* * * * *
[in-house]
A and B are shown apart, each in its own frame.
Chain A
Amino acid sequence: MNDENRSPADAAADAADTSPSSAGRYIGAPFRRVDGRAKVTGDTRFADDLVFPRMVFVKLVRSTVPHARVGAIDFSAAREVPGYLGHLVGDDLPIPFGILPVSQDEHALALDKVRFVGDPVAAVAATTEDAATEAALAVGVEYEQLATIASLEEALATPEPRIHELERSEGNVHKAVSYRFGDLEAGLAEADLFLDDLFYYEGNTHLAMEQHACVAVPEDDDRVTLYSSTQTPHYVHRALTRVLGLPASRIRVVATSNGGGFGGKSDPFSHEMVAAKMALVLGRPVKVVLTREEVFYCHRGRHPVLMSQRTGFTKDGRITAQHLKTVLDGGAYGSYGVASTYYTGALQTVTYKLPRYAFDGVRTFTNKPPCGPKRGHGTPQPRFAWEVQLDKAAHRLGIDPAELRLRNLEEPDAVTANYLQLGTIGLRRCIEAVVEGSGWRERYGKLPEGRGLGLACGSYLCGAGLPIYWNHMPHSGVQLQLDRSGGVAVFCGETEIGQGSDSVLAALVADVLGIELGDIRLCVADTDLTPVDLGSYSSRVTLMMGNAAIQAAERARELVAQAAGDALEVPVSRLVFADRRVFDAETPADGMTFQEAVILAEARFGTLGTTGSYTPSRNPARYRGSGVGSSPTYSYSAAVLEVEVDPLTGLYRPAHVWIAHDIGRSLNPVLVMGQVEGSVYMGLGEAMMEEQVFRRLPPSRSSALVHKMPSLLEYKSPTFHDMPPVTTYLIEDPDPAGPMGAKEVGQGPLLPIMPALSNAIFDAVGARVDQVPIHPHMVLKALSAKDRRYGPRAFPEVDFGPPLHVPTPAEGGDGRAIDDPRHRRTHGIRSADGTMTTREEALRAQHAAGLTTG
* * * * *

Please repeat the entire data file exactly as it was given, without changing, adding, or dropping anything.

[in-house]
A and B are shown apart, each in its own frame.
Chain A
Amino acid sequence: MNDENRSPADAAADAADTSPSSAGRYIGAPFRRVDGRAKVTGDTRFADDLVFPRMVFVKLVRSTVPHARVGAIDFSAAREVPGYLGHLVGDDLPIPFGILPVSQDEHALALDKVRFVGDPVAAVAATTEDAATEAALAVGVEYEQLATIASLEEALATPEPRIHELERSEGNVHKAVSYRFGDLEAGLAEADLFLDDLFYYEGNTHLAMEQHACVAVPEDDDRVTLYSSTQTPHYVHRALTRVLGLPASRIRVVATSNGGGFGGKSDPFSHEMVAAKMALVLGRPVKVVLTREEVFYCHRGRHPVLMSQRTGFTKDGRITAQHLKTVLDGGAYGSYGVASTYYTGALQTVTYKLPRYAFDGVRTFTNKPPCGPKRGHGTPQPRFAWEVQLDKAAHRLGIDPAELRLRNLEEPDAVTANYLQLGTIGLRRCIEAVVEGSGWRERYGKLPEGRGLGLACGSYLCGAGLPIYWNHMPHSGVQLQLDRSGGVAVFCGETEIGQGSDSVLAALVADVLGIELGDIRLCVADTDLTPVDLGSYSSRVTLMMGNAAIQAAERARELVAQAAGDALEVPVSRLVFADRRVFDAETPADGMTFQEAVILAEARFGTLGTTGSYTPSRNPARYRGSGVGSSPTYSYSAAVLEVEVDPLTGLYRPAHVWIAHDIGRSLNPVLVMGQVEGSVYMGLGEAMMEEQVFRRLPPSRSSALVHKMPSLLEYKSPTFHDMPPVTTYLIEDPDPAGPMGAKEVGQGPLLPIMPALSNAIFDAVGARVDQVPIHPHMVLKALSAKDRRYGPRAFPEVDFGPPLHVPTPAEGGDGRAIDDPRHRRTHGIRSADGTMTTREEALRAQHAAGLTTG